The client will communicate solely with an Apache HTTPD configured as reverse proxy. This server is the only machine exposed to the internet. Depending on the request URL it will forward the client requests to the webserver serving the official website, the game content webserver or the gameserver.
WebSocket is supposed to work through proxy servers which aren't aware of the websocket protocol. I just hope that's also the case for Apache HTTPD's mod_proxy_http.
The gameserver pulls the game content it needs from the content server using NFS. Having the client and the server game data in the same location makes maintainance a lot easier, because I don't have to worry about what's client-sided, what's server-sided, what's shared and if they are in sync or not.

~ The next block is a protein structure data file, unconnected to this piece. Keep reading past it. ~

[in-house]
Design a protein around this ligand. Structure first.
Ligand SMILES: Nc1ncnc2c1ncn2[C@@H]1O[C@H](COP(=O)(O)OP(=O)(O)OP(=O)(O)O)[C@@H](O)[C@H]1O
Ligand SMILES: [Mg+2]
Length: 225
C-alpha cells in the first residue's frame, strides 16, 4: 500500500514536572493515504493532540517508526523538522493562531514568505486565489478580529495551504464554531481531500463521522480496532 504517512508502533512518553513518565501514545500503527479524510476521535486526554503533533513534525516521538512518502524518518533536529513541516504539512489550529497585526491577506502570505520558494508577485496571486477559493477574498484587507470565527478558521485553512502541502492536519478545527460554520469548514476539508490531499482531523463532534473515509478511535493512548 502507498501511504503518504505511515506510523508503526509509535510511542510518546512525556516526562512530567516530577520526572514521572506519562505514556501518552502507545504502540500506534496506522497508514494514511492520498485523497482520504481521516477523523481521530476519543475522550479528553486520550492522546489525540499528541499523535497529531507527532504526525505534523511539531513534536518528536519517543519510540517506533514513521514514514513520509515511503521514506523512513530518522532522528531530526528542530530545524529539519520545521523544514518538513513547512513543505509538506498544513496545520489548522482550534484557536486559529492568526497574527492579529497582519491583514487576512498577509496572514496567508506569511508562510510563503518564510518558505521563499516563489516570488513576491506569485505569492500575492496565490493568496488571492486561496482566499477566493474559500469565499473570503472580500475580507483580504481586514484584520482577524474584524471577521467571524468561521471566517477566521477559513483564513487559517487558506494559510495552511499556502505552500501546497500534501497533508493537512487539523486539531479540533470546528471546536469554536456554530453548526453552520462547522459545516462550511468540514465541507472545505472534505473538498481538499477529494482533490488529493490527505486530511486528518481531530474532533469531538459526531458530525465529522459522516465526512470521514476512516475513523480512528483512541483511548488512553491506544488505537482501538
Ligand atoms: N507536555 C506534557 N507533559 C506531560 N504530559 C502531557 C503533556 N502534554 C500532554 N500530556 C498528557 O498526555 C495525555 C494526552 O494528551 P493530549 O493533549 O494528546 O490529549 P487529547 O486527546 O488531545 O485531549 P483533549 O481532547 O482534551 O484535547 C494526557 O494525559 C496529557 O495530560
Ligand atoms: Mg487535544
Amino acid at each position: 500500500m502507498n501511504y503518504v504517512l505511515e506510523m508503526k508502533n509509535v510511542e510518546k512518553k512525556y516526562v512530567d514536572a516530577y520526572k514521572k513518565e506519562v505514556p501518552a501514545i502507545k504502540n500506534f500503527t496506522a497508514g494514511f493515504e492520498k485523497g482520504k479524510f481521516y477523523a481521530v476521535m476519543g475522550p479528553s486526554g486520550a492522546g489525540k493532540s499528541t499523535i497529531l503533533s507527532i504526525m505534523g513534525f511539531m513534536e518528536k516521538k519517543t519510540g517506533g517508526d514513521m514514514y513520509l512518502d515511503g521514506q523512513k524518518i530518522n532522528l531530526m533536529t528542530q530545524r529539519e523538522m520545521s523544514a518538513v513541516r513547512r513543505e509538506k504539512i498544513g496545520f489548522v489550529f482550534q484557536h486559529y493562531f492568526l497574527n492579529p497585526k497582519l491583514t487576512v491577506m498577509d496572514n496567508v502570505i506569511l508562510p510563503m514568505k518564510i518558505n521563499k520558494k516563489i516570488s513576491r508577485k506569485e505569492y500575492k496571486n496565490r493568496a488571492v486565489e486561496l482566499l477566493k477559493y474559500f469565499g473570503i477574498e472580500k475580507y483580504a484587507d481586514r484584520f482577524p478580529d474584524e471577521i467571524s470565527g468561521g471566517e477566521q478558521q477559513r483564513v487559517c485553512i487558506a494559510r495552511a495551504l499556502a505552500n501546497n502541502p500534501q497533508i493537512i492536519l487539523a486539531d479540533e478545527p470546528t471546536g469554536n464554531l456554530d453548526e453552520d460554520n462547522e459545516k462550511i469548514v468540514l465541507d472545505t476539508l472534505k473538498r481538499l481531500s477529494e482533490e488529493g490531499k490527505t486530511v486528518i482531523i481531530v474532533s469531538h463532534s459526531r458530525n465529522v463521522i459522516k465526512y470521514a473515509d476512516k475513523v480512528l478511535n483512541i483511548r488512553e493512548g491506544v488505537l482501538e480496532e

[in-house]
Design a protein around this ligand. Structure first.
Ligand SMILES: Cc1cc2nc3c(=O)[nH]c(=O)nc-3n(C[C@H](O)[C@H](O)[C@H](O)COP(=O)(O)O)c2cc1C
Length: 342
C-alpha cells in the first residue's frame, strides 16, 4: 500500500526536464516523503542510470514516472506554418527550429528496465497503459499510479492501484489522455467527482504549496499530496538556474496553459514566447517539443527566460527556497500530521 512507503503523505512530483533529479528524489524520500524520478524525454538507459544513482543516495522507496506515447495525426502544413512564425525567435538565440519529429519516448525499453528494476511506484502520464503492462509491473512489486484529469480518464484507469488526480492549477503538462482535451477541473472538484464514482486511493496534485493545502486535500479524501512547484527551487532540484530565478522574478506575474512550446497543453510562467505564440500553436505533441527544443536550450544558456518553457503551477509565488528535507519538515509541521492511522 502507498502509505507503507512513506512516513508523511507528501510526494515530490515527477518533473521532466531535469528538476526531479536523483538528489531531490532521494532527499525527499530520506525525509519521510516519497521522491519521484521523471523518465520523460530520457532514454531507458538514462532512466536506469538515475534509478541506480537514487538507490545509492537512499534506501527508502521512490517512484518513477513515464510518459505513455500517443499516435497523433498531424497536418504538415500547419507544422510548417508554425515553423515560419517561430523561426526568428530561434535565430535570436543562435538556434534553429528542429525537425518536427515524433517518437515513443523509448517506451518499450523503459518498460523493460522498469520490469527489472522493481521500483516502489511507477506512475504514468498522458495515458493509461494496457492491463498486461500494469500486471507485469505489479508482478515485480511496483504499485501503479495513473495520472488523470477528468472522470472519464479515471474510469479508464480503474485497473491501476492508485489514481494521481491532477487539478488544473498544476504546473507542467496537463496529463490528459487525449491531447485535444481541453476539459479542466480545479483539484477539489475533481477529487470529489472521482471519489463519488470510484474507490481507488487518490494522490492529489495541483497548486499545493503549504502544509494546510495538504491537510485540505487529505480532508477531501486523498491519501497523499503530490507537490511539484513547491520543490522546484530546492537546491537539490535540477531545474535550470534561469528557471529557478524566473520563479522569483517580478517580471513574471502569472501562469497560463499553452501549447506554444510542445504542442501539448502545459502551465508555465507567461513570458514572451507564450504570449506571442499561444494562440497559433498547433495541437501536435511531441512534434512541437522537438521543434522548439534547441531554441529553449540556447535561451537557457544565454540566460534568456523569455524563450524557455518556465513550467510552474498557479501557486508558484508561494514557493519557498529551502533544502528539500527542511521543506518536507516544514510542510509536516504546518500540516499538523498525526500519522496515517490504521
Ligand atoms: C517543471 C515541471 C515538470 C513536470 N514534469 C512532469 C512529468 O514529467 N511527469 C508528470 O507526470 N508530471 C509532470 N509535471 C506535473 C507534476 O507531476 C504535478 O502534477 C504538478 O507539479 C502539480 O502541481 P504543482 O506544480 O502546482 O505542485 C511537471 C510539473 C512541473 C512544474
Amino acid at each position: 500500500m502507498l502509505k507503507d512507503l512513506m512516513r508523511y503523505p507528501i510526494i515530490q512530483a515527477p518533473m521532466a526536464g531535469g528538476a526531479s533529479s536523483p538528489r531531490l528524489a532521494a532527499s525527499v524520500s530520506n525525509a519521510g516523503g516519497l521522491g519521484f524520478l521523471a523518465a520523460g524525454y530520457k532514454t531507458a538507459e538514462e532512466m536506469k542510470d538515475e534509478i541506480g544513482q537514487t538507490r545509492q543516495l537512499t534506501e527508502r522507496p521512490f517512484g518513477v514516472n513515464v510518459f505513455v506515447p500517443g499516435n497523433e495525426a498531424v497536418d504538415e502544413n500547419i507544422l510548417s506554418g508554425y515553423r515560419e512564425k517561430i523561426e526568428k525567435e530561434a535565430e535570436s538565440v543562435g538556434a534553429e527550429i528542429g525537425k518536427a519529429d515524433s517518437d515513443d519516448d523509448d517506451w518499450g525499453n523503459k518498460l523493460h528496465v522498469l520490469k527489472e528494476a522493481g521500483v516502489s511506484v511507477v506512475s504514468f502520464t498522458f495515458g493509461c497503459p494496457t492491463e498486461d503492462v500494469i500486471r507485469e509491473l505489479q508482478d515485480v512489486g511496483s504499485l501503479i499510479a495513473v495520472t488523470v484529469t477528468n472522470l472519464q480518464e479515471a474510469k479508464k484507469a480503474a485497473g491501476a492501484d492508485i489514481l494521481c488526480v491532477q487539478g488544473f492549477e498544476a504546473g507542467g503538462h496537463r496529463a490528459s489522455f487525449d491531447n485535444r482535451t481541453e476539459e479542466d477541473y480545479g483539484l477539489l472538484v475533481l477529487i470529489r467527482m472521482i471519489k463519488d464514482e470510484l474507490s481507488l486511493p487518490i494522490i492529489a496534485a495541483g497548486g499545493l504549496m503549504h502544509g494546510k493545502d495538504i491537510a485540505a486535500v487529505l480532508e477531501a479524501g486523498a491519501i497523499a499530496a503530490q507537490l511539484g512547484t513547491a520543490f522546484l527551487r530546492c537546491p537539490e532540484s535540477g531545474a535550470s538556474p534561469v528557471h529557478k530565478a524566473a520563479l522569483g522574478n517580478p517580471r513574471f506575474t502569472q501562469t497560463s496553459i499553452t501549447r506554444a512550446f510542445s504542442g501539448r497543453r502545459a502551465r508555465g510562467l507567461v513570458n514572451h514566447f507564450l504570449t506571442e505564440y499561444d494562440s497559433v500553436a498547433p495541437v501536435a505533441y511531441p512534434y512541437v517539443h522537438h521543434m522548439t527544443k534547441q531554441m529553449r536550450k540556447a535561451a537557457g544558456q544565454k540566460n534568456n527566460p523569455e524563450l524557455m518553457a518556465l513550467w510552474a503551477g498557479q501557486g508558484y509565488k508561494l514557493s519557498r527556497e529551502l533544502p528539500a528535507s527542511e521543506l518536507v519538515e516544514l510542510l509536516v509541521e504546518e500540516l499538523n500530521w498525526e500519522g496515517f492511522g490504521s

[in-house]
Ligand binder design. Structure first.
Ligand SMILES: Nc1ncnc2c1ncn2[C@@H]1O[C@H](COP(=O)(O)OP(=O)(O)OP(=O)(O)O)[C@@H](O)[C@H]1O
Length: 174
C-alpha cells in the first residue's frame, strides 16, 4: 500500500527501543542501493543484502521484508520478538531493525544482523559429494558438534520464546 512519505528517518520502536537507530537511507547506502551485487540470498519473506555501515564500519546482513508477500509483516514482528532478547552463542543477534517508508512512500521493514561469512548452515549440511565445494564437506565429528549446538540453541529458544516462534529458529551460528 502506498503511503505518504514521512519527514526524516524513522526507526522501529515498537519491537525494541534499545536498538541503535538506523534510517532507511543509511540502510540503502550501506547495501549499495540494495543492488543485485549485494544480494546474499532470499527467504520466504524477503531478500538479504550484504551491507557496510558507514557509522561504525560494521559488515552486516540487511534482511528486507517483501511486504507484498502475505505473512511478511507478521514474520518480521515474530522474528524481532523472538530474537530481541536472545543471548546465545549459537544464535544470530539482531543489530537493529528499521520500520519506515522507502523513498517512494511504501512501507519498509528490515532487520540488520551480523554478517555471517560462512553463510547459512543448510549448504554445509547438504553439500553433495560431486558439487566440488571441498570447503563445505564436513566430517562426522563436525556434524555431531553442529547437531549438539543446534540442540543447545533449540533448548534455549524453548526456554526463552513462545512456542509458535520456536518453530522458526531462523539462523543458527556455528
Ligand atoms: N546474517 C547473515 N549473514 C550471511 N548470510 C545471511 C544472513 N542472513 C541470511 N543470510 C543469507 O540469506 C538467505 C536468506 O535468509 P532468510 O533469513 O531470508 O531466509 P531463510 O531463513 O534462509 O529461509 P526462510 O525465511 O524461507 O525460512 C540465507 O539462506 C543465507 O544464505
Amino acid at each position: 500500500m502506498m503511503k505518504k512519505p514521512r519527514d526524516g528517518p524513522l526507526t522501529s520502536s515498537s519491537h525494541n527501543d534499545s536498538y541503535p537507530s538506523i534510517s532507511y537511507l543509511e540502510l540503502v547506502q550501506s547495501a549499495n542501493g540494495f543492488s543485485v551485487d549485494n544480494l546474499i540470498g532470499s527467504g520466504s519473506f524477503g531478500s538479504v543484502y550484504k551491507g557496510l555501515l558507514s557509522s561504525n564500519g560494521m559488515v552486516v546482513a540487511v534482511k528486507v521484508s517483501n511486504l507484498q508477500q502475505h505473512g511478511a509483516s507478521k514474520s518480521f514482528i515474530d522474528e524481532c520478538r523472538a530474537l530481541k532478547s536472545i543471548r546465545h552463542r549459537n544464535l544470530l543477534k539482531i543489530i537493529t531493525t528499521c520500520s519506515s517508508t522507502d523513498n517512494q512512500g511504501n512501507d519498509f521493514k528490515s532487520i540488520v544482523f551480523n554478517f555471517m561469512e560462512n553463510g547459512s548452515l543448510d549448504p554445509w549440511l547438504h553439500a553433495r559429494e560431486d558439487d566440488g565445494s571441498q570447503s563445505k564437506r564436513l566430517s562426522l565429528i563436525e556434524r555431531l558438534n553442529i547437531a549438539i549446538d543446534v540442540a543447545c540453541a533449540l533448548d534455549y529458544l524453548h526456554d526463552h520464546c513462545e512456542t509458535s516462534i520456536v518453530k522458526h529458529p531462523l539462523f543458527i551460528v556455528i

The website webserver runs on a LAMP configuration. It also has access to the game database running MongoDB. This will allow integration between the game and interactive parts of the website. This could be used for sharing user accounts between game and website, user-pages showing character status or real-time game statistics on the website. The website will also likely need a good old MySQL database for 3rd party components like a forum, a CMS or a blogging software - also I want to separate the website data from the game data where possible to avoid game and website DOSing each other.
These five servers will run virtualized on the same machine at first. I will then put them on separate physical servers when necessary. Should these servers become overstressed, Apache, MySQL and MongoDB can already be sharded when necessary. My gameserver can not be sharded yet, but I designed the server architecture in a way which will make it easy to add support for this later.